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Forbidden to Love the Duke(10)

By:Jillian Hunter

Unpaid bills replaced cards from admirers. It was something of a blessing, Ivy came to realize, when they could no longer afford newspapers and read the libelous stories published about their family. One reporter claimed that each of the four daughters had been born of a different sire.

In the year following the earl’s death, the family’s infamy grew until it subsided into a fairy tale. The sisters, who struggled to exist on their own, were glad to be forgotten by society. In all the rumors written about them the only truth was that their father’s scandal had ruined their reputations overnight.

But at least they still had one another.

Chapter 5

James Merrit, Duke of Ellsworth, bachelor and returned soldier, who had promised himself months of shallow pleasures before succumbing to society’s expectations, found himself in an intolerable situation. His younger brother had gone off to war, which was good. But his brother’s wife had gone off to Sweden with another man, which wasn’t good, and James had a bewildered niece and nephew occupying the bedchamber that Elora had chosen for her suite when she stayed at Ellsworth.

A gnarled hand touched his arm. It brought him back to the present. “Your Grace, are you well?” Carstairs asked with a troubled look at the brandy bottle clutched between James’s hands.

James raised his head from the desk. “There’s only one solution.”

“You would like me to pen a letter advising Miss Denman that this is not a proper time for a visit?”

“No, Carstairs. I would like you to pen an advert for a governess to protect my niece and nephew from the appalling behavior of their mother. And myself.”

“But the process of interviewing suitable applicants for a noble household is not one to be taken lightly, Your Grace.”

“That is why I depend on you, Carstairs, to research all character references.” Although with Elora’s arrival imminent, James might hire the devil’s handmaiden to assure his personal affairs weren’t interrupted. “Have the children gone to bed?”

“Yes, Your Grace. Unwillingly, I might add. They are eager to see you.”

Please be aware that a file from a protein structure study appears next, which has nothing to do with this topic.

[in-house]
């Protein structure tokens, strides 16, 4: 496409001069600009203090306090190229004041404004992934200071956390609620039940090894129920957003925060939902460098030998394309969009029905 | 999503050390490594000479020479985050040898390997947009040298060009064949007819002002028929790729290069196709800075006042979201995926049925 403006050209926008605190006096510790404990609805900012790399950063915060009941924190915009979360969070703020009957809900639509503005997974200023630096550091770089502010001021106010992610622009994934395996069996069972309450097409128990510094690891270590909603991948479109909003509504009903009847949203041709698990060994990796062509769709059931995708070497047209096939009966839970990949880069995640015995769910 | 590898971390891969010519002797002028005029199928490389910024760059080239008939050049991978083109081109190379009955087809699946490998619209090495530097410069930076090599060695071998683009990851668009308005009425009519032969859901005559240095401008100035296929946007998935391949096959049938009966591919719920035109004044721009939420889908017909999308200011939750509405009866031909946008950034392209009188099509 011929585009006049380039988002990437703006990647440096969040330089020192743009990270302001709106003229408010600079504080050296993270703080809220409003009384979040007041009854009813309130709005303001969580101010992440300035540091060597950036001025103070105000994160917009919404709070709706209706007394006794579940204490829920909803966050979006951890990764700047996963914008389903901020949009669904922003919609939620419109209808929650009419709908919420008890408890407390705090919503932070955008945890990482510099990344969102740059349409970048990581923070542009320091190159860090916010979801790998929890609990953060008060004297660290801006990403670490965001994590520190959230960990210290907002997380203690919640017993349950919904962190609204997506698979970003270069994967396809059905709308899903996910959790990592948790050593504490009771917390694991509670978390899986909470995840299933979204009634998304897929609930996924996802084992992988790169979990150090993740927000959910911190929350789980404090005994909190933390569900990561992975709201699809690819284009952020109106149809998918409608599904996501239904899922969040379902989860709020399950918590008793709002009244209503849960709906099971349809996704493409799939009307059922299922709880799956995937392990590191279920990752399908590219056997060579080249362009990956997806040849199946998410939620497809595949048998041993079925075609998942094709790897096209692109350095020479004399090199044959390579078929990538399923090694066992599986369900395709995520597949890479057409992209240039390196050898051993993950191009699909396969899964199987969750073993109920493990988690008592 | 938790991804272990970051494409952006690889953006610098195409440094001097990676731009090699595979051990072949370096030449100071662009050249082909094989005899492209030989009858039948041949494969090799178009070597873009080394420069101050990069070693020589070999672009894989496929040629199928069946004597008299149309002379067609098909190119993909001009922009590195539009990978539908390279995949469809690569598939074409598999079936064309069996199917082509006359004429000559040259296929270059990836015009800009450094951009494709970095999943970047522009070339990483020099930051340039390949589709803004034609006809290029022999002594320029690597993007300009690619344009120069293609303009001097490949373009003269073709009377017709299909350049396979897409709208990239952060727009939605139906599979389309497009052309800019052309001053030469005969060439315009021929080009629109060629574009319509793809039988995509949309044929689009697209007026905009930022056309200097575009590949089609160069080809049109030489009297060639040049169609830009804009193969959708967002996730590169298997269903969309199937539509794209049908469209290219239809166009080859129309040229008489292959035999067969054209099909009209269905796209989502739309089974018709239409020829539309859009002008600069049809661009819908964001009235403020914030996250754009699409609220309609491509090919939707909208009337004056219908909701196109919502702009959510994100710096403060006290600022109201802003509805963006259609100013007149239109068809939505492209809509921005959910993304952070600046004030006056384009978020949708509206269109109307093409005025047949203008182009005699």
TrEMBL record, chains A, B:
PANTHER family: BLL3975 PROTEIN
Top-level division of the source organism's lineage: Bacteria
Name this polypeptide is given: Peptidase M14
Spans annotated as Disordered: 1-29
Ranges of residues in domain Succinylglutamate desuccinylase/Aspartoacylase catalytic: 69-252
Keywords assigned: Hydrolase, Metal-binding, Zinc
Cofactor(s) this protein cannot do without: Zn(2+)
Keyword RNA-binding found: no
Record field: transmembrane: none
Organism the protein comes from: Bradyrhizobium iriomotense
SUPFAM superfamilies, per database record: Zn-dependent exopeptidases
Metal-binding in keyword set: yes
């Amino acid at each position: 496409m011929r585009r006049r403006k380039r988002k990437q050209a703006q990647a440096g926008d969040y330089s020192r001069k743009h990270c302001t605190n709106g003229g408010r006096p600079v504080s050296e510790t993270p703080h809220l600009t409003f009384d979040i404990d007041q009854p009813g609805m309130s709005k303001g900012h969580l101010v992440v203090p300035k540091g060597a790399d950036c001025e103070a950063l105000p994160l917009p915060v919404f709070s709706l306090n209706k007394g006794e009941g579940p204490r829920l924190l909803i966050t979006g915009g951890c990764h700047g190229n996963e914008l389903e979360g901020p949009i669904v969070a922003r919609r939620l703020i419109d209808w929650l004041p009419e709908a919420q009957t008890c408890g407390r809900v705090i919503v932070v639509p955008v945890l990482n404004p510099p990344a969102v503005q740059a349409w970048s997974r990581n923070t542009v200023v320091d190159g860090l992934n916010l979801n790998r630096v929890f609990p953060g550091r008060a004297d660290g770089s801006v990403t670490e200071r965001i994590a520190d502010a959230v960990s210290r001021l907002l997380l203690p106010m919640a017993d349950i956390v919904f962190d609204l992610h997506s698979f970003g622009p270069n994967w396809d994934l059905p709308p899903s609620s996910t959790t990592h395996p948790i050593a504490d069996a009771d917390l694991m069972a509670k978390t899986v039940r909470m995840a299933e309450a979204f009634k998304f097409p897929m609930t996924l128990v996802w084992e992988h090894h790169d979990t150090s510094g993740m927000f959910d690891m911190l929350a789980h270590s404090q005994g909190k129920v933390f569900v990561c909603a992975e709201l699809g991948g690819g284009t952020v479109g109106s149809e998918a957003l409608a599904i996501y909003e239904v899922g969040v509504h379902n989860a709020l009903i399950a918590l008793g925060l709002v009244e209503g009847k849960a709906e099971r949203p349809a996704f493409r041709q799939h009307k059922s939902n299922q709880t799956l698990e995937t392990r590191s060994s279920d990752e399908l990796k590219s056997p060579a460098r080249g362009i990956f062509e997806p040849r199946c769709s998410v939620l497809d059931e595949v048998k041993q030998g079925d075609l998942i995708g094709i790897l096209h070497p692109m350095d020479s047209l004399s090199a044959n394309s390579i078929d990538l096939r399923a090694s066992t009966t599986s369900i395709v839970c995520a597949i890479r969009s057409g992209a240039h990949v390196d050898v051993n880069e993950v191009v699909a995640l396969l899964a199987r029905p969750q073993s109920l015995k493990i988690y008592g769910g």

“Under other circumstances, I’d be delighted to see them, too.” James pushed aside the bottle on his desk. “Carstairs, do you remember the Tudor house by the stone bridge that runs through an oak wood?”

Carstairs straightened his bony shoulders. “Indeed, I do. Such a tragedy, Your Grace. To tumble from splendor to shame virtually overnight. It shocked those of us who knew of the family.”

James sat back in his chair. “Are you sure you and the staff don’t write for the scandal sheets?”

“Your Grace, really.”

“I’ve caught you reading them. Tell me what you know about the place.”

“It’s called Fenwick Manor. The earl who owned it left it to his four daughters, in addition to an inheritance of debt and disgrace. He died in a fool’s challenge.”

“Over a woman?”

“He cheated at cards. How the sisters have survived one dares not speculate.”

“Four of them?”

“Unless one of the sisters has perished.”

James didn’t feel this was an appropriate time to admit that at least one of the young ladies seemed fleet of foot and another two capable of mustering a strong defense against a duke who thought himself persuasive and quick on the offense. “Do you suppose they’d consider selling the manor?”

Carstairs threw him a poorly veiled look of contempt before he returned to his usual respectful mien. “That would be a sacrilege, Your Grace.”

“Why?” James asked, thoroughly amused. “Was the manor built on the ruins of a sacred abbey?”

Carstairs lowered his voice.

James leaned forward.

“The ladies who reside within Fenwick Manor are of royal descent.”

“Well, no wonder they slammed the door in my impertinent face.”

“I beg your pardon.”

“Find out more tomorrow, Carstairs. Tonight I wish you to write that advertisement and have it posted in the morning.”

Wanted, immediately, a respectable young woman as governess, for two young children in a nobleman’s household. She must be honest, well educated, and unencumbered. Wages no object. Interview, Friday next, Ellsworth Park.

WANTED, EMPLOYMENT as GOVERNESS, in a respectable house. Knowledgeable in French, literature, history, and finishing. Available immediately. Inquire at Fenwick Manor.

It was James, and not Carstairs, who realized that his notice had been printed in the newspaper directly above that of the goddess he had pursued in her private garden. A mere coincidence. It meant nothing. His was a need motivated by selfish desire, while she sought the job out of desperation.